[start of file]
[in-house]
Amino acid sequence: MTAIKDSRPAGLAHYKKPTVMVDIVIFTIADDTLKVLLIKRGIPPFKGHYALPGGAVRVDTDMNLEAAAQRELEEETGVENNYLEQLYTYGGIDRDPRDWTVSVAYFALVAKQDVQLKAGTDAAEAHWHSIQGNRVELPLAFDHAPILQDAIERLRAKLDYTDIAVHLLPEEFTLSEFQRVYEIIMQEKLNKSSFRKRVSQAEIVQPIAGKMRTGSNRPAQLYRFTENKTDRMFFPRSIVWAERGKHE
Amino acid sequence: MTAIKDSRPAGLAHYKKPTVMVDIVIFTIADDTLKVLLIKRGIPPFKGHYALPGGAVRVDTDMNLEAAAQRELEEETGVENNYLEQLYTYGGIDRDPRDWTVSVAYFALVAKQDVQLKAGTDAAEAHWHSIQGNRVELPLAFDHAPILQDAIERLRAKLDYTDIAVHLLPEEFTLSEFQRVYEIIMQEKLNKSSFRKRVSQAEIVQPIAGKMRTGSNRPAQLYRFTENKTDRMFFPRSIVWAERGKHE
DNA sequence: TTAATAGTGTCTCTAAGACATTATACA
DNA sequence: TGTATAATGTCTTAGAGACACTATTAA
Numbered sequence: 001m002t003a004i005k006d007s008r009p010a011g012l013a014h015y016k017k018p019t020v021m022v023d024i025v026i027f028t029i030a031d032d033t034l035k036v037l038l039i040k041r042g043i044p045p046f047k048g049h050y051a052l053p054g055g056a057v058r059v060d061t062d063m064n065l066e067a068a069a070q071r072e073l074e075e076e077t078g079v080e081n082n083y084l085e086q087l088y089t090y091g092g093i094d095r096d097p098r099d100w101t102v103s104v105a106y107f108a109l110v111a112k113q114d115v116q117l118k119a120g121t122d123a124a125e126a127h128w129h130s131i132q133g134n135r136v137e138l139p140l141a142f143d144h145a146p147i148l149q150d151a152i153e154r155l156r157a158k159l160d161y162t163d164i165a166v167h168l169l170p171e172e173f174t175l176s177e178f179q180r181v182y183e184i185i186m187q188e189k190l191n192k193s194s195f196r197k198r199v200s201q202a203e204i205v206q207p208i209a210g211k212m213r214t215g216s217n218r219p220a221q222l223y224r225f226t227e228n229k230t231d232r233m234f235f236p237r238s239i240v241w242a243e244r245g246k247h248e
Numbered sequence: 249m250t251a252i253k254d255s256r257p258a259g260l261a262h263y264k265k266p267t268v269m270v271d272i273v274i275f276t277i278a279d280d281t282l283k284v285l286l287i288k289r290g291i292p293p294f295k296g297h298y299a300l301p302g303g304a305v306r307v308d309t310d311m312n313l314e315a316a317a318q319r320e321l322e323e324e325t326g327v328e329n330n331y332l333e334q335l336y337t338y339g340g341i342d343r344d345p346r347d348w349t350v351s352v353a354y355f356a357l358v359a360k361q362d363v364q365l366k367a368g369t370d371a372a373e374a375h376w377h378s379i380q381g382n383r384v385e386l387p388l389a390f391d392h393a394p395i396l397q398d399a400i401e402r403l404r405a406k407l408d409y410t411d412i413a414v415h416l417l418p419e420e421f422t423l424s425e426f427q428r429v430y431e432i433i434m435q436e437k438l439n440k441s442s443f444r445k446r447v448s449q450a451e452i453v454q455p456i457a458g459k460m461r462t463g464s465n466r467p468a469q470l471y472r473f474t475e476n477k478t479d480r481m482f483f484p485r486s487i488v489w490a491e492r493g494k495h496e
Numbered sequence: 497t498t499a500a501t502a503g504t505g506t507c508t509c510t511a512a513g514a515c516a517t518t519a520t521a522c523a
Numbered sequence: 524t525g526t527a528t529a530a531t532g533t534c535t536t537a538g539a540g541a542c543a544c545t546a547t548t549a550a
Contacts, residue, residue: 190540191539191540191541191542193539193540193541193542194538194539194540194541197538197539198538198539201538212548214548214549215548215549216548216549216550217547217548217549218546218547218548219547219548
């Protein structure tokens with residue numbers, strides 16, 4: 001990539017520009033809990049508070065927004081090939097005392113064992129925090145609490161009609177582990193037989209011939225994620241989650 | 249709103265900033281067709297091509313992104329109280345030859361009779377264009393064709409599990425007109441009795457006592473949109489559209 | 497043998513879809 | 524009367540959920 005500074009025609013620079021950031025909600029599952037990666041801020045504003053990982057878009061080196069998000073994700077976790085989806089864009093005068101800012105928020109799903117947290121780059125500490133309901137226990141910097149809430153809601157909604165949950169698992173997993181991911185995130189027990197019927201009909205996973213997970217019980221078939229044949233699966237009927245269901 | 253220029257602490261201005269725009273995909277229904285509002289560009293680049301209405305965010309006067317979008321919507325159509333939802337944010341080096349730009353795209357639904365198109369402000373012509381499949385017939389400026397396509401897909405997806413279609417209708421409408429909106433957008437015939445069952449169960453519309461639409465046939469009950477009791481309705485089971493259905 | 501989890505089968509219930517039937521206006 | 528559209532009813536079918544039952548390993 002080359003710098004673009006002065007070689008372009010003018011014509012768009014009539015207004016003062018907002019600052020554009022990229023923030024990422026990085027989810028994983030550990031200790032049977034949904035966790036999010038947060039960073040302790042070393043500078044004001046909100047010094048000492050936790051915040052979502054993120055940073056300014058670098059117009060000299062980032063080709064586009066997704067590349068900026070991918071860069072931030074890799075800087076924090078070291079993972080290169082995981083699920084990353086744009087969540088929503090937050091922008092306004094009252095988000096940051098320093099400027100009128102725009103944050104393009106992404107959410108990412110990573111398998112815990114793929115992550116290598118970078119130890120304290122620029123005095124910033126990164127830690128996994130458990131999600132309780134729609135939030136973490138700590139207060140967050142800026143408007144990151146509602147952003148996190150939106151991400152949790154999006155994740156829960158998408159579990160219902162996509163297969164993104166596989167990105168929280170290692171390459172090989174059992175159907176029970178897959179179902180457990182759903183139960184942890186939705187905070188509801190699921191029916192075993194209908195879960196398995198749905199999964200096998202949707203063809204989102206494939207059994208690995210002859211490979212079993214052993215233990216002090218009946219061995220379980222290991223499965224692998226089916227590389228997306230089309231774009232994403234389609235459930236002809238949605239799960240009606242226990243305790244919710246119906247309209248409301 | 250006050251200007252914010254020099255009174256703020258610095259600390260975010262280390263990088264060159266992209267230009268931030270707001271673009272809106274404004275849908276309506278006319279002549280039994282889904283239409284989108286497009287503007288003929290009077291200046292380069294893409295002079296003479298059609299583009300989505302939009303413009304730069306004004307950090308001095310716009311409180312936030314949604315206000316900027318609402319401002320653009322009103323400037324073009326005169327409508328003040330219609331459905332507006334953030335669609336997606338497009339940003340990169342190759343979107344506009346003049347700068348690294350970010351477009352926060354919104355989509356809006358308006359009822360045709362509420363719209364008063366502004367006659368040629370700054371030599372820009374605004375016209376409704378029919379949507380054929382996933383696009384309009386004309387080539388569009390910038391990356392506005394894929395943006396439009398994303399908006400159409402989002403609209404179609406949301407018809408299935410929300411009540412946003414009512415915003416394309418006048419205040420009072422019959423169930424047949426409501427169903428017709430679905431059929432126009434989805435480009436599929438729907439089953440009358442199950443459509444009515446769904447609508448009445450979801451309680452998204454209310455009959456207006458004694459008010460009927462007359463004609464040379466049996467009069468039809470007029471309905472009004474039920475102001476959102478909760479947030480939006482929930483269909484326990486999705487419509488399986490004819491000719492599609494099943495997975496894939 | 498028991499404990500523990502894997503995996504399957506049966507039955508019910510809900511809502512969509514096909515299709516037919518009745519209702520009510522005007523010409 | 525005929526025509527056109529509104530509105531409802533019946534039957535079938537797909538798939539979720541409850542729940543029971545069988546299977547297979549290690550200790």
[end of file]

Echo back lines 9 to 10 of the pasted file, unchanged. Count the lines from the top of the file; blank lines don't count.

Numbered sequence: 524t525g526t527a528t529a530a531t532g533t534c535t536t537a538g539a540g541a542c543a544c545t546a547t548t549a550a
Contacts, residue, residue: 190540191539191540191541191542193539193540193541193542194538194539194540194541197538197539198538198539201538212548214548214549215548215549216548216549216550217547217548217549218546218547218548219547219548